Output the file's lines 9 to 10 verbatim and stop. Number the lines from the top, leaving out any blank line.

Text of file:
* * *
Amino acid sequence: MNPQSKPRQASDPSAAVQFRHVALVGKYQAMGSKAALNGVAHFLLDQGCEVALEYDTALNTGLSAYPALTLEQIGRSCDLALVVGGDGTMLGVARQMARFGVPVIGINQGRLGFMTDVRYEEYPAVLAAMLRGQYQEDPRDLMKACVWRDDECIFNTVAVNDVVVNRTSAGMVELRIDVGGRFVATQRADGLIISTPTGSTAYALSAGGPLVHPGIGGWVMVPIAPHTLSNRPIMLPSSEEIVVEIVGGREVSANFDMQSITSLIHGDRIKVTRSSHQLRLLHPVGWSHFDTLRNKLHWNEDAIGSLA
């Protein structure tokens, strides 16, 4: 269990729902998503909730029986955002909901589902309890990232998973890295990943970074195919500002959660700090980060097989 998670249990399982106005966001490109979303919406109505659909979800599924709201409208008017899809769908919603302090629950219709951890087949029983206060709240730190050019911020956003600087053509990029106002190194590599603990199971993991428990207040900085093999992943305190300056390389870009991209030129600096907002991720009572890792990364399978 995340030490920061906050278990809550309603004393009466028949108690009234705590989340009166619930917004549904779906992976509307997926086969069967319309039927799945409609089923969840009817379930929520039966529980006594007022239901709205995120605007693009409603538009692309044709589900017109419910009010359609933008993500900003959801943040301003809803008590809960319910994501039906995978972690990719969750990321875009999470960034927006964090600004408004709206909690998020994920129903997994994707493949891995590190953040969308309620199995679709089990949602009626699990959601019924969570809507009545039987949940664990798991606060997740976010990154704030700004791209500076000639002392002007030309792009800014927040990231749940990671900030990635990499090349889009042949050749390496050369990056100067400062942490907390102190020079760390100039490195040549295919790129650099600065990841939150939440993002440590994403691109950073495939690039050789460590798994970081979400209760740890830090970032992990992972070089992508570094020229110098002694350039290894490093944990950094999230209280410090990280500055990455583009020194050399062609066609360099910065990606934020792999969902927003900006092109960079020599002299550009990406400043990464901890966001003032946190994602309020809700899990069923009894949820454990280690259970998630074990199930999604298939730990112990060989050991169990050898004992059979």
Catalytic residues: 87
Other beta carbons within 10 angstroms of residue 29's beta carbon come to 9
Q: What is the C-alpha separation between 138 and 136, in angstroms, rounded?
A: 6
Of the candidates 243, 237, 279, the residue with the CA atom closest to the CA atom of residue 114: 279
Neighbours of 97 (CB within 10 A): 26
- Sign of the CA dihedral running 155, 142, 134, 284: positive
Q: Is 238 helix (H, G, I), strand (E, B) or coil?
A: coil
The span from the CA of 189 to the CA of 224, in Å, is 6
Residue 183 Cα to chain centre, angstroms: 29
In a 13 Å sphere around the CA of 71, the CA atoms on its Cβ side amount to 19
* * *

- Sign of the CA dihedral running 155, 142, 134, 284: positive
Q: Is 238 helix (H, G, I), strand (E, B) or coil?